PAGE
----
• Companies with employee engagement programs achieve 26% greater year-over-year increase in annual company revenue, compared those who do not have formal programs. (Aberdeen, October 2015)
  • 87% of organizations cite culture and engagement as one of their top challenges, and 50% call the problem "very important." (Global Human Capital Trends 2015, Deloitte, February 2015)
  • "Mission-driven" companies have 30% higher levels of innovation and 40% higher levels of retention, and they tend to be first or second in their market segment. (Becoming Irresistible, Deloitte, February 2015)
  • Two-thirds (66%) of HR respondents report they are updating their engagement and retention strategies. (Global Human Capital Trends 2015, Deloitte, February 2015)
  • While 90% of executives understand the importance of employee engagement, fewer than 50% understand how to address this issue. (Conference Board, cited by Deloitte University Press, January 2015)
  • 62% agree their perception of a company improves after seeing an employer respond to a review. (Glassdoor U.S. Site Survey, January 2016; *Updated from 69%, Glassdoor survey, October 2014)
  • 72% of employees with socially encouraging employers are significantly more likely to help boost sales, compared to only 48% of employees whose employers aren't socially encouraging. (Weber Shandwick research study, April 2014)
  • 70% of employees who lack confidence in the abilities of senior leadership aren't fully engaged. (Dale Carnegie)
  • Increasing employee engagement investments by 10% can increase profits by $2,400 per employee, per year. (Workplace Research Foundation)

Employer Branding

Your employer brand dramatically influences your ability to attract, influence, hire and retain top talent. Measuring, monitoring and improving an organization's reputation is becoming an important component of broader talent acquisition strategies for forward-thinking companies. For example, would current employees recommend your organization to a friend?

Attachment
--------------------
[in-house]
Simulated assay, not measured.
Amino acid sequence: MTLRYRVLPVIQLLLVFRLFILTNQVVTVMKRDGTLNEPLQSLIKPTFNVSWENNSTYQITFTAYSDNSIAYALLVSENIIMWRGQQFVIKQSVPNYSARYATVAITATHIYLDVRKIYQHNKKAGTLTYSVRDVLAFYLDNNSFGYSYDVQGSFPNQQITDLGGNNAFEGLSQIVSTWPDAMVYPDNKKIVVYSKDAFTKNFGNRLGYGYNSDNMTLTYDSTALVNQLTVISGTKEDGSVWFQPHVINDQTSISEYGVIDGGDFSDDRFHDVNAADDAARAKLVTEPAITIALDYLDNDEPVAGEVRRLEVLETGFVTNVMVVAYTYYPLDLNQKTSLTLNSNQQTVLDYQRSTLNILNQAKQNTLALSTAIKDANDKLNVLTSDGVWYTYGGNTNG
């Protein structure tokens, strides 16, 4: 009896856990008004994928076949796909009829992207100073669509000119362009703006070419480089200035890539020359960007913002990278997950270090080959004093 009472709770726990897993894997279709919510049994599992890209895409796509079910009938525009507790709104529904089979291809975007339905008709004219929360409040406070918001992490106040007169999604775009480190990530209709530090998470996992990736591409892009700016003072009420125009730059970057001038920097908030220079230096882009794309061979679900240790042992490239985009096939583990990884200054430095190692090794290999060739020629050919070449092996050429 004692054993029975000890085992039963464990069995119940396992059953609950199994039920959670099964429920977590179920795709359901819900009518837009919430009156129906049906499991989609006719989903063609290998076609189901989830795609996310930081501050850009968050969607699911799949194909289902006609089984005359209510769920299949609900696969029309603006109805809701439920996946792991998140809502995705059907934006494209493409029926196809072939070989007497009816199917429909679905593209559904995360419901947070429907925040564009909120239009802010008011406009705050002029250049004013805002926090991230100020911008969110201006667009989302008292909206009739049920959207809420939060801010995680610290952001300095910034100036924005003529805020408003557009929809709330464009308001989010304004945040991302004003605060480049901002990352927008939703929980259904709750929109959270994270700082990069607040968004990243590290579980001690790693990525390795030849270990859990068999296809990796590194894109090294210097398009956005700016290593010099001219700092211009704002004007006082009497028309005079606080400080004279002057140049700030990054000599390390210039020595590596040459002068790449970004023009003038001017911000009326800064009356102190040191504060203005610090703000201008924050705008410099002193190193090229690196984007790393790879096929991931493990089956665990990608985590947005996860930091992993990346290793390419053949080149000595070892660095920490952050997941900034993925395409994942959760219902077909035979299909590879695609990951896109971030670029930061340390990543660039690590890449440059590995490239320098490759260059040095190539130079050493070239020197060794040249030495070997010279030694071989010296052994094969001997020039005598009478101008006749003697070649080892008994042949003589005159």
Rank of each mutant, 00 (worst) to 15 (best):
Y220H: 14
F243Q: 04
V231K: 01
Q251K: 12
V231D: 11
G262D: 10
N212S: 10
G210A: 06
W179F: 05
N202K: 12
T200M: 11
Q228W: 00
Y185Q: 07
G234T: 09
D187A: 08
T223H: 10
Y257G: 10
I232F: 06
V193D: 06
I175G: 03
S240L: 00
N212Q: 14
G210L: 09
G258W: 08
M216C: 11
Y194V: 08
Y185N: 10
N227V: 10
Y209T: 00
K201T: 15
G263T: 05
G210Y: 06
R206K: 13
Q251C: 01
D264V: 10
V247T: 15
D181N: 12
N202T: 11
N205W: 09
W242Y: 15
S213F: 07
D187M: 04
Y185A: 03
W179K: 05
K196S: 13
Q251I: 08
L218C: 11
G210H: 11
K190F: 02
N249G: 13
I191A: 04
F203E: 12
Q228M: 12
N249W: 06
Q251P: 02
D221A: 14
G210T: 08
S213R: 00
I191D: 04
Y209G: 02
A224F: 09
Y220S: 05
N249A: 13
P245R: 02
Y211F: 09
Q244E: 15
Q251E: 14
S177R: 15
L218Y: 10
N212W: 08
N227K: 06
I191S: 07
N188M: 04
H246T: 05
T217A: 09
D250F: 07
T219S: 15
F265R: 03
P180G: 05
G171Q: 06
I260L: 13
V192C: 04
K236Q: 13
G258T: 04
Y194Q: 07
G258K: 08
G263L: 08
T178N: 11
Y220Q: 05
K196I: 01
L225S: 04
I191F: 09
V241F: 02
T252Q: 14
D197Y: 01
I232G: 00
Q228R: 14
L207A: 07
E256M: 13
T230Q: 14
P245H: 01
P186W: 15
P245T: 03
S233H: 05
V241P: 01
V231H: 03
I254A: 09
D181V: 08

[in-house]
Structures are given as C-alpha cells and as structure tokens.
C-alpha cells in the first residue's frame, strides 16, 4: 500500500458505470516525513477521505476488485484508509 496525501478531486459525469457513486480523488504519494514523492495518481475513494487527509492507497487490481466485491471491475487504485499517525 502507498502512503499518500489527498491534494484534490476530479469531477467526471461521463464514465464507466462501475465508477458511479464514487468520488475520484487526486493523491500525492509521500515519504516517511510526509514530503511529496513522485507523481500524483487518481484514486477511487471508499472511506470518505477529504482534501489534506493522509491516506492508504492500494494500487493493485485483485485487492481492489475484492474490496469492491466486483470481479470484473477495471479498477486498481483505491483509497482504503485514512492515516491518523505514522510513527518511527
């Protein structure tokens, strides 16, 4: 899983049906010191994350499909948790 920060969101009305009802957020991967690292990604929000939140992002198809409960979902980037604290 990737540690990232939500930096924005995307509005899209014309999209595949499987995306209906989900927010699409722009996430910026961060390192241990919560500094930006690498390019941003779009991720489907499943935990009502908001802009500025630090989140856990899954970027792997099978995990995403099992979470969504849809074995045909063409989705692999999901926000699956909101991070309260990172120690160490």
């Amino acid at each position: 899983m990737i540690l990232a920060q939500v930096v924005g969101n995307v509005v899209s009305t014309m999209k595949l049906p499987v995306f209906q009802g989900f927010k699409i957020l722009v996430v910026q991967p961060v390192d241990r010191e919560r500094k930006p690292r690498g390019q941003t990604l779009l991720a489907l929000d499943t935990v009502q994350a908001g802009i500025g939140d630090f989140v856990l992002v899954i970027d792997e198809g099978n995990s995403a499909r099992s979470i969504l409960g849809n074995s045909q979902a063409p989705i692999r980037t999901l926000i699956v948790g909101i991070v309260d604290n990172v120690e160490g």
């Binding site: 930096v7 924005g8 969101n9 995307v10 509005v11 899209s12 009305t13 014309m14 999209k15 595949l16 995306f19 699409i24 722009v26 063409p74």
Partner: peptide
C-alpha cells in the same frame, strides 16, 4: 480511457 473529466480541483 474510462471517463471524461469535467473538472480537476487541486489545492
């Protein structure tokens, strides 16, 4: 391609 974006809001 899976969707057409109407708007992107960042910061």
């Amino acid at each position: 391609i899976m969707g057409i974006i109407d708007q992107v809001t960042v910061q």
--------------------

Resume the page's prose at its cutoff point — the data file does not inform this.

• 69% are likely to apply to a job if the employer actively manages its employer brand (e.g., responds to reviews, updates their profile, shares updates on the culture and work environment). (Glassdoor U.S. Site Survey, January 2016; *Updated from 94%, Glassdoor survey, October 2014)
  • 76% want details on what makes the company an attractive place to work. (Glassdoor survey, October 2014)
  • Top five pieces of information job seekers want employers to provide as they research where to work: 1) Salary/compensation, 2) Benefits, 3) Basic company information, 4) What makes it an attractive place to work, 5) Company mission, vision, values. (Glassdoor U.S. Site Survey, January 2016)
  • 69% would not take a job with a company that had a bad reputation, even if they were unemployed! (Corporate Responsibility Magazine / Allegis Group Services Study, August 2012)
  • 84% would consider leaving their current jobs if offered another role with a company that had an excellent corporate reputation. And most in $75-100K salary range would only require a 1-10% salary increase to consider such a move (Corporate Responsibility Magazine / Allegis Group Services Study, August 2012)
  • 84% of companies believe a clearly defined strategy is key to achieving employer branding objectives (Employer Brand International Global Research Study)

Leadership and Management

It's often said that culture is set from the top down. But direct managers have just as much impact on employee engagement as top leaders. By recruiting, training and retaining strong managers and executives, companies create an environment of trust that will naturally improve employee engagement and increase retention rates.

  • The average CEO approval rating on Glassdoor is 69%. (Glassdoor Data Labs, December 2015)